Girl Who Drank The Moon

By Ruthellen Corbett


Can you imagine…living in a land called the Protectorate where a Council of wizened Elders rule …. where the fog never lifts … where the people live in fear of a witch to whom, every year, they sacrifice the youngest born child… a place where there is only one gated road out and that road is surrounded by a deep forest on one side and a belching bog on the other?  Can you imagine?

girlYes, and in that land, Once Upon a Time, a little girl with sparkling black eyes, dark-dancing curls and a birthmark in the shape of a crescent moon is born late in the year. Of course, her fate is to be the doomed child who is offered to the witch.  Despite her mother’s screaming protests, and for which she is bound and brought to the tall tower, the child is solemnly carried to the soft mossy clearing in the forest and left for the Witch to do with whatever witches do with tiny infants.  Alas.

“Everyone loves a good story and this is one.  It makes you laugh and catch your breath simultaneously.”

But…. the witch who comes for the child is not one to be feared.  She is a loving creature who rescues the babes, feeds them starlight, and delivers them to childless families on the other side of the forest. Thus on this night in Once Upon a Time, the witch Xan picks up the black-eyed baby girl, but mistakenly feeds her moonlight instead of starlight, and the child becomes “enmagicked.”  Xan realizes her error and knows she must raise the child as her own.  She names her Luna and introduces her to the rest of her family:  a swamp monster who has a heart of gold and likes to recite poetry and a happy wee dragon who cannot fly but who thinks he is large and of course fly.  All dragons fly, don’t they?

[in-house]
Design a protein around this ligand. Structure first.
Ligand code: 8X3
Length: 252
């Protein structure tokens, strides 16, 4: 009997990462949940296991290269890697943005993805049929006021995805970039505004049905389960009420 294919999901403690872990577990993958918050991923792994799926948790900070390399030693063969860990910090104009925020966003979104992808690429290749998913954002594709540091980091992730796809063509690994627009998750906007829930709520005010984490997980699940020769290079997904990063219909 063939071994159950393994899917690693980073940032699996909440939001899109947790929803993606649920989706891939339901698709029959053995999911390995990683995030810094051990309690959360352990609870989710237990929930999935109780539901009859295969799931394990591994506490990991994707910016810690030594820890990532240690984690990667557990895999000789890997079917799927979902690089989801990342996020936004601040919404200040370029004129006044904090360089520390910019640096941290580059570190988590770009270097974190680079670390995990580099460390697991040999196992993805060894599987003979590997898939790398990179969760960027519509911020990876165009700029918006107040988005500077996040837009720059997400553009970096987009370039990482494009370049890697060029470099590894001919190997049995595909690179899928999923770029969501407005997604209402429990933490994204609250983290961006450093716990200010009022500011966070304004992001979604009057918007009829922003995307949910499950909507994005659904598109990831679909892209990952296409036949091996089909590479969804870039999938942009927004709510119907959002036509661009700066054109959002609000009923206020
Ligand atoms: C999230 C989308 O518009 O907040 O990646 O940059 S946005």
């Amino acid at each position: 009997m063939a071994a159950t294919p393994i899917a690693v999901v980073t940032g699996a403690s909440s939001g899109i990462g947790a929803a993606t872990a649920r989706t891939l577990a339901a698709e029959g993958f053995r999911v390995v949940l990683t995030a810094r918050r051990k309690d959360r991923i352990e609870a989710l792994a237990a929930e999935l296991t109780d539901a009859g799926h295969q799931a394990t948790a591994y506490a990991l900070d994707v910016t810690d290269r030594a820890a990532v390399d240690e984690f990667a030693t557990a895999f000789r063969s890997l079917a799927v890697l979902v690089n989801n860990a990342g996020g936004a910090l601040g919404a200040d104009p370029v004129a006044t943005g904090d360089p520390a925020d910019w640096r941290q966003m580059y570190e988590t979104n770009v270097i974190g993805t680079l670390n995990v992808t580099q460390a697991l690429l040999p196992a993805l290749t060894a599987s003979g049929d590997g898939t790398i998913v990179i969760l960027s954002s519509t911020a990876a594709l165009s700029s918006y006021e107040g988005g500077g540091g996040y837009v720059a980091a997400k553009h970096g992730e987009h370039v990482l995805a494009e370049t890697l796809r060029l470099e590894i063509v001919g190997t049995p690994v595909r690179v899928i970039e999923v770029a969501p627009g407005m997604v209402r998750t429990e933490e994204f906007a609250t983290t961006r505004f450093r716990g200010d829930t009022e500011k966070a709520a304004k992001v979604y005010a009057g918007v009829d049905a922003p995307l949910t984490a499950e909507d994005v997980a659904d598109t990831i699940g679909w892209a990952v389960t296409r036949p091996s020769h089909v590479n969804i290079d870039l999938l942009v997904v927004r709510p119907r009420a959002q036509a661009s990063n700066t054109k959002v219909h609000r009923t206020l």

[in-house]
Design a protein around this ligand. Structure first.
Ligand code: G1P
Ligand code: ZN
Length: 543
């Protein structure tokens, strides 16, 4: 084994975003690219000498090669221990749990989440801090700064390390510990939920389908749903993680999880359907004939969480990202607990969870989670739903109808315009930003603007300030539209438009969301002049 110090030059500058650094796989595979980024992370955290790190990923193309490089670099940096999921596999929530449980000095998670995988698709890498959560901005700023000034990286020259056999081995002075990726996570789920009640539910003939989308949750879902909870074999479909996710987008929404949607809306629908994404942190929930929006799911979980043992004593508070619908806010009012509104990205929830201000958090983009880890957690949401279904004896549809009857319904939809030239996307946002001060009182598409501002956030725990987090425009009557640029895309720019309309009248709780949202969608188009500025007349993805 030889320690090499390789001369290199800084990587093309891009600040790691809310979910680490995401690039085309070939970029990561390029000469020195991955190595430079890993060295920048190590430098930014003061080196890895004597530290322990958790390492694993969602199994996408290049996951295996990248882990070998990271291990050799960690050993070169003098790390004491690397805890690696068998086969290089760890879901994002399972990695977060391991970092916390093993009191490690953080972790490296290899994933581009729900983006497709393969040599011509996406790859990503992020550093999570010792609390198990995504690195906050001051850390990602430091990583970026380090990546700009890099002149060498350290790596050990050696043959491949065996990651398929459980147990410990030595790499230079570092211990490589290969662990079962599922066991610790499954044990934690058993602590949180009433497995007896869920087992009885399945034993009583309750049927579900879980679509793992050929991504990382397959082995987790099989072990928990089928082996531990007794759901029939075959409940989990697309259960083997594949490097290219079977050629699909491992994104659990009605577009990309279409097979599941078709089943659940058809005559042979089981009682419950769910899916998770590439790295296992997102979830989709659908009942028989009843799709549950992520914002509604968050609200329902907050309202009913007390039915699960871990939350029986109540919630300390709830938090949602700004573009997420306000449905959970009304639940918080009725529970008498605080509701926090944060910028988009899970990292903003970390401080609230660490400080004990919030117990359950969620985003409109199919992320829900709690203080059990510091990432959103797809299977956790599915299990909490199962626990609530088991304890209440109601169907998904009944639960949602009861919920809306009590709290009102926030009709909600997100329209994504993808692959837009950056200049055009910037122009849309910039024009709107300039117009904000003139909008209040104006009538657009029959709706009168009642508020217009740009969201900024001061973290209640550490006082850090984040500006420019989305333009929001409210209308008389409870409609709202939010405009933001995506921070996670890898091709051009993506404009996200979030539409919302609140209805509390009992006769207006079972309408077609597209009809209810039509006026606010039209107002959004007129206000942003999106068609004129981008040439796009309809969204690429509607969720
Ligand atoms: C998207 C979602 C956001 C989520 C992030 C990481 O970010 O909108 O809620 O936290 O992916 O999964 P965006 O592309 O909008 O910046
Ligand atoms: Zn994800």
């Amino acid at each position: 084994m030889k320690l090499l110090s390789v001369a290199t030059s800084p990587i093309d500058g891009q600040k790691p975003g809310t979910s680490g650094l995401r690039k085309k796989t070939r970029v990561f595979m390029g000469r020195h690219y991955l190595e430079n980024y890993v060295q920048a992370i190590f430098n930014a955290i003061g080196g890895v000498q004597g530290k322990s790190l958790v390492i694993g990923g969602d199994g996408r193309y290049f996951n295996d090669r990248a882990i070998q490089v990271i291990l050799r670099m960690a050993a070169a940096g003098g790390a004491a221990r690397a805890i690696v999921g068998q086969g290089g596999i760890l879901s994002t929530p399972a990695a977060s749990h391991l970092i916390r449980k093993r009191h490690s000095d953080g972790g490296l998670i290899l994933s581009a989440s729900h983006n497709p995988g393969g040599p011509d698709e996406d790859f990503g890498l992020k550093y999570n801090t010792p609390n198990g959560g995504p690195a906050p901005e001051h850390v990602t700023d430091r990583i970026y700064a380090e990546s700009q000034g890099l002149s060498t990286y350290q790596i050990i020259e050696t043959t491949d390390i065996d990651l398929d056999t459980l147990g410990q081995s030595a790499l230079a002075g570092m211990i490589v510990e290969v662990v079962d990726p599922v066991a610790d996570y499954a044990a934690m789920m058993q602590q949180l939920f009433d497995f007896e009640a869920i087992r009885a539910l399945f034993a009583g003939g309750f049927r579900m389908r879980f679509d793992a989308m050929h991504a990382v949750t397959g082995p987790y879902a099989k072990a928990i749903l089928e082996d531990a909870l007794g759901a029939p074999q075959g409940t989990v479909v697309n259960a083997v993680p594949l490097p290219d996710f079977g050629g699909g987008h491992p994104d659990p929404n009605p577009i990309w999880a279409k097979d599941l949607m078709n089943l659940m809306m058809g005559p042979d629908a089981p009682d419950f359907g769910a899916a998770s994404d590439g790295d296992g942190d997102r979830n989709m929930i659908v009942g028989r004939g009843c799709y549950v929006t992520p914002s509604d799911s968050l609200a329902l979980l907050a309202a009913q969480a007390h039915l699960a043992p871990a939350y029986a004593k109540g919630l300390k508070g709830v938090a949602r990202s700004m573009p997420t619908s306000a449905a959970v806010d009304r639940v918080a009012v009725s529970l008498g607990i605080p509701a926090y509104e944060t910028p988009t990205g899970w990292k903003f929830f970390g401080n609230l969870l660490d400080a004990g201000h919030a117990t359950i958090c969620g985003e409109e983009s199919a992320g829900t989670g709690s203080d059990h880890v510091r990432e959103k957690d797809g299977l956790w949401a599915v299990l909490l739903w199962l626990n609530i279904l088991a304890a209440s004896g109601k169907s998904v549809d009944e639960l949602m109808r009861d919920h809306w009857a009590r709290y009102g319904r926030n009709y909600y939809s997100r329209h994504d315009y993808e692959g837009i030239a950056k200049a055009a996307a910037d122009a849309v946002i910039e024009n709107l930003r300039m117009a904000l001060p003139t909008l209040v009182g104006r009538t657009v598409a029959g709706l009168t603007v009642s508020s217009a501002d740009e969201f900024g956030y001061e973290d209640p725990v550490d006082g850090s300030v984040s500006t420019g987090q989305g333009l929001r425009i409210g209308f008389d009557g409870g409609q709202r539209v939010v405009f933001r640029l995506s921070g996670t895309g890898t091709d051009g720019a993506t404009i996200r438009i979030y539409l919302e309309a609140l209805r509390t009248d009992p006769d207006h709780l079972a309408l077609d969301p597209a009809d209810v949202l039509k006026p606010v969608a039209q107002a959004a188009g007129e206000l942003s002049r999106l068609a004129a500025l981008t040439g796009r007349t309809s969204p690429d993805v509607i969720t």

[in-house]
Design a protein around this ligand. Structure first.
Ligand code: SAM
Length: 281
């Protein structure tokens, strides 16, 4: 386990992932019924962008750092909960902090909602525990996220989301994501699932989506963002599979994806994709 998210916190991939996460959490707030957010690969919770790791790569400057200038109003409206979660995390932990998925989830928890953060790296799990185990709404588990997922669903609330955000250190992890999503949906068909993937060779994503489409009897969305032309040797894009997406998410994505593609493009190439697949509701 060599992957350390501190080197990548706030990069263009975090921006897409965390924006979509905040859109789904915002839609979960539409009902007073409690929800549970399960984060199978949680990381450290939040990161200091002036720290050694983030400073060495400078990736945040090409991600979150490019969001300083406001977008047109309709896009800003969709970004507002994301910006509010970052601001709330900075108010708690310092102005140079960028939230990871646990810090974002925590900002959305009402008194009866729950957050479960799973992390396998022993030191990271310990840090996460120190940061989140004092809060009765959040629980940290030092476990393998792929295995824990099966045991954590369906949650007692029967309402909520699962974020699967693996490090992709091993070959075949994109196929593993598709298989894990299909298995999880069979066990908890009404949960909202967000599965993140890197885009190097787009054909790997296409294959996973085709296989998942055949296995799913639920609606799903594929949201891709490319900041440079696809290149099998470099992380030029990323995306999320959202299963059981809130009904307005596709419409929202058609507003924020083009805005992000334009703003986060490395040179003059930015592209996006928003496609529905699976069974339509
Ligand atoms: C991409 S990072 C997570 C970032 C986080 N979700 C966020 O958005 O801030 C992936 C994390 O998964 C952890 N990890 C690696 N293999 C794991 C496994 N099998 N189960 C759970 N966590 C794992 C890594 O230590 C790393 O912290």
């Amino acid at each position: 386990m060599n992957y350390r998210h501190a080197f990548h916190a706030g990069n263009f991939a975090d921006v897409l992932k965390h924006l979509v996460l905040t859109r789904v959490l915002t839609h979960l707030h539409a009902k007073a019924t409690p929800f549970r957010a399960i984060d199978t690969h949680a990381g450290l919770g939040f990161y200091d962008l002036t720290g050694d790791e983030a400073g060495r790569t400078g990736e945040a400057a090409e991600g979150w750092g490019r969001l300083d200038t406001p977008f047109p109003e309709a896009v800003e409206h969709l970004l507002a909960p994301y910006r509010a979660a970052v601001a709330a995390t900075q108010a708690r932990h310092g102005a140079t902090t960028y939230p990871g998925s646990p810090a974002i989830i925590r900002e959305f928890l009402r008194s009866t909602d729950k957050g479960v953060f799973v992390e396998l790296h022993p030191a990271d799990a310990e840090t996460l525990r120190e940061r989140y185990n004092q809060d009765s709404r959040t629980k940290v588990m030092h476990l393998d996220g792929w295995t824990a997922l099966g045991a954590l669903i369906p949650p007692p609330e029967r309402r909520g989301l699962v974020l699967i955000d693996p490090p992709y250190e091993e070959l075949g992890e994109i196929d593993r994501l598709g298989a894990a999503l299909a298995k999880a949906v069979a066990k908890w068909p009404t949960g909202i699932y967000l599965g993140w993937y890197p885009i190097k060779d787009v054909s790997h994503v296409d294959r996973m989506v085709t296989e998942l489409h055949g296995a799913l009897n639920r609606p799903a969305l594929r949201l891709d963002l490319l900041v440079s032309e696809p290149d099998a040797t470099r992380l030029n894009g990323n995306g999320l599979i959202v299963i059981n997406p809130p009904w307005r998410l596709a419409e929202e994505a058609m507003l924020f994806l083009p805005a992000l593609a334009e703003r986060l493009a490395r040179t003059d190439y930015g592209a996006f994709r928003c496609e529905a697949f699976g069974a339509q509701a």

Author, Kelly Barnhill

Thus the tale begins.  Part fairytale, part dystopia, and always poetic, Kelly Barnhill’s novel, The Girl Who Drank the Moon enchants the reader from the first page to the last.  It is a page-turner, always prompting the listener to hear another page.  And I said “listener” because it is meant to be read aloud; the language is pure music.

Everyone loves a good story and this is one.  It makes you laugh and catch your breath simultaneously.  It has multiple plots and themes, and with the skill of a good novelist, Ms. Barnhill gathers all the threads to an exciting and tightly woven conclusion.   I highly recommend The Girl Who Drank the Moon to children of middle school age and beyond.  Enjoy!




Ruthellen Corbett is a former English as a Second Language teacher and now enjoys “exploring art” with both children and adults in her docent status at the New Britain Museum of American Art in Connecticut.  She has four grandchildren and nothing delighted her more than reading to them when they were young.


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